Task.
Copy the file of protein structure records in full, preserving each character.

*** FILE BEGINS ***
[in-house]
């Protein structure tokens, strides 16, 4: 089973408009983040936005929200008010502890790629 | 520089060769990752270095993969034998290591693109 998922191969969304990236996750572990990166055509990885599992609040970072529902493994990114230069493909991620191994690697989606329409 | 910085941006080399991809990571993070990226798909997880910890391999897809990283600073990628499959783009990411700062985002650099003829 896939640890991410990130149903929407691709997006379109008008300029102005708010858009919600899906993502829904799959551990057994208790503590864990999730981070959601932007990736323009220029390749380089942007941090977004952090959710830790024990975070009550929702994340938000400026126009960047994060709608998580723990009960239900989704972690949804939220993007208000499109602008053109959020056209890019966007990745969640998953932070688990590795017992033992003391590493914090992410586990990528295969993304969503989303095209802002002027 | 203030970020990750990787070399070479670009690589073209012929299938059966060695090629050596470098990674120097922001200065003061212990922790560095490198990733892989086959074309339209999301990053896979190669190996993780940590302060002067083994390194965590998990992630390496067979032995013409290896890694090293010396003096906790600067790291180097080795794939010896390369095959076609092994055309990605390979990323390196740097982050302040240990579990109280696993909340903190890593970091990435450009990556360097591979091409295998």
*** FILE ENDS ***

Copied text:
[in-house]
């Protein structure tokens, strides 16, 4: 089973408009983040936005929200008010502890790629 | 520089060769990752270095993969034998290591693109 998922191969969304990236996750572990990166055509990885599992609040970072529902493994990114230069493909991620191994690697989606329409 | 910085941006080399991809990571993070990226798909997880910890391999897809990283600073990628499959783009990411700062985002650099003829 896939640890991410990130149903929407691709997006379109008008300029102005708010858009919600899906993502829904799959551990057994208790503590864990999730981070959601932007990736323009220029390749380089942007941090977004952090959710830790024990975070009550929702994340938000400026126009960047994060709608998580723990009960239900989704972690949804939220993007208000499109602008053109959020056209890019966007990745969640998953932070688990590795017992033992003391590493914090992410586990990528295969993304969503989303095209802002002027 | 203030970020990750990787070399070479670009690589073209012929299938059966060695090629050596470098990674120097922001200065003061212990922790560095490198990733892989086959074309339209999301990053896979190669190996993780940590302060002067083994390194965590998990992630390496067979032995013409290896890694090293010396003096906790600067790291180097080795794939010896390369095959076609092994055309990605390979990323390196740097982050302040240990579990109280696993909340903190890593970091990435450009990556360097591979091409295998």